Participate Translate Blank profile picture

Extremism vs. the centre-right

Published on

Translation by:

Default profile picture ruth ahmedzai

Extreme right-wing parties have enjoyed political success in several countries of the European Union. But if we want to know what they’re really all about we should take a look at their party statutes

In December 2000, the Republic of Austria was bowled over by the European Union’s latest decision. Its fellow member states had responded to the election of the Austrian Freedom Party (FPÖ) to the Austrian government along with the Austrian People’s Party (ÖVP) by introducing sanctions against Austria. How could the land of Mozart, Lipizzaner horses and the Vienna boys’ choir have resorted to right-wing extremism? Had something changed? Not much, in the view of many Austrians, except that a swell of protest votes had knocked the Social Democrat Party, the SPÖ,(most recently in coalition with the ÖVP) from the top spot after 30 years in power. It was a new beginning with a conservative face.

Under the leadership of the controversial Jörg Haider, not celebrated for his tactful turn of phrase, an extreme party had taken the helm of a country normally seen as peaceable and conventional. The media in some member states, including the esteemed French newspaper Le Monde, were not shy about flooding their front pages with the old stereotypes of Austrians in national costume topped off with the gamsbart* and with one arm raised in a Nazi salute.

A society shaped by values or nationality?

If you compare the centre-right and extreme-right parties of Europe, you see that the former move within the bounds of the so-called “constitutional consensus” whereas the latter fall far wide of the mark. The yardstick for measuring this is the recognition of basic human rights and of the community of the European Union. Parties with unambiguous right-wing extremist characteristics bluntly demand the protection of “nation-based society” by disadvantaging or deporting foreigners.

But you won’t find any of that in the statutes of the FPÖ. The 1997 party statutes speak of maintaining the “multitude of regional identities” (Ch. III), of “the inviolable personal dignity of each individual” (Ch. II) and of a recognition of Europe as a “common destiny” (Ch. VI). In Chapter IV, entitled “The right to a cultural identity”, we find the following interesting passage:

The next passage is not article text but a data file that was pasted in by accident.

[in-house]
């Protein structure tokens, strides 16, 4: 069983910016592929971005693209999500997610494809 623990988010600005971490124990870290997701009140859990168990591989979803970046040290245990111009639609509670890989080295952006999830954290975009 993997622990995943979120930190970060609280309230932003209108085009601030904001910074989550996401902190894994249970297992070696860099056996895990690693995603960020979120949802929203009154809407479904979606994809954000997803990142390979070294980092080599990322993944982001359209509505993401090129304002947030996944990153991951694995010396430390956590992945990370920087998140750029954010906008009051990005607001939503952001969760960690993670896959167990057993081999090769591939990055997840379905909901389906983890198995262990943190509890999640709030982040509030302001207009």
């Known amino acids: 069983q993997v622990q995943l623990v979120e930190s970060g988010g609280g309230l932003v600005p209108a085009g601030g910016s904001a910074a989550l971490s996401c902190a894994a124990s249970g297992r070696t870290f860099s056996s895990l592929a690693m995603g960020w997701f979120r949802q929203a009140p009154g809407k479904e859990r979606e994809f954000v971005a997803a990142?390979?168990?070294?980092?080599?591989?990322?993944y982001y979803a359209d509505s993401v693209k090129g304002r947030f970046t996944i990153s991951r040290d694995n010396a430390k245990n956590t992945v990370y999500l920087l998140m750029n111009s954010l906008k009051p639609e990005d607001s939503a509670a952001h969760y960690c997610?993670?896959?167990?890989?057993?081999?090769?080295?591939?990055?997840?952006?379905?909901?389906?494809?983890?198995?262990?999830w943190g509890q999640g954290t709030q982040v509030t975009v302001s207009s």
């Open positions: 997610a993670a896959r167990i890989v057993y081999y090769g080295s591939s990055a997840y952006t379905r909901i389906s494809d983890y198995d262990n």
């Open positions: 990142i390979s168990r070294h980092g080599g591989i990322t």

“Our country [Heimat] is the democratic Republic of Austria and its federal states, including the historically indigenous groups (Germans, Croats, Roma, Slovaks, Slovenians, Czechs and Hungarians) and the culture molded by them. The legal system in Austria presupposes that the overwhelming majority of Austrians is of German origin.”

Child benefits for Germans only

It’s a different kettle of fish entirely if you look at the party statutes of the German National Democratic Party (NDP). There you’ll find “Germany is the state of the German people and the cultural homeland of our nation. The preservation of our nation and the protection of all of its elements are the highest goals of German policy”. Under the heading “Family” we learn that “in the interests of preserving our nation, only German families are eligible for child benefits”. This fits perfectly with the idea of the “spatially-bound national economy” whereby “all Germans have the right to work. Vacancies should be offered in the first place to Germans”. And with the concept of “social policies for national solidarity” which states that “Foreigners should be excluded from the German welfare system. Asylum seekers should not have the right to social benefits.” Neither do they fail to voice their demand, “Germany must become German again…Fundamental political change must secure the end of the despised policy of integration and retain the character of the German people.”

The NPD position on Europe is similarly unambiguous (Ch. IX). “This disastrous alliance of supranational technocrats and pen-pushers to achieve our voluntary surrender of our sovereignty, the renunciation of our currency and the introduction of the right to vote for foreigners, is equivalent to Germany’s total surrender of itself.”

No comprehensive solutions

How distant is this from Le Pen's National Front? In his party statement we read:

“We have just one vocation: to serve France in order to remain French.

We have just one policy: the greatness of our country.

We have just one ideal: the well-being of our fatherland.”

The difference between Europe’s extreme-right and the liberal conservative-right, as embodied by the FPÖ, FDP or the UMP, is that the latter subscribe to the values of Europe, respect its emphasis on human rights and fundamentally believe in the EU. Europeans can certainly differentiate between the truly radical and the not so. The NDP, Vlaams Blok and the National Front have had fluctuating political successes, but offer no comprehensive solutions besides their radical nationalist position. For this reason they are unlikely to ever have an enduring political breakthrough with Europe’s voters.

*Gamsbart is a tuft of chamois hair adorning traditional hunting hats, as in this picture.

Translated from Untersuchung am rechten Rand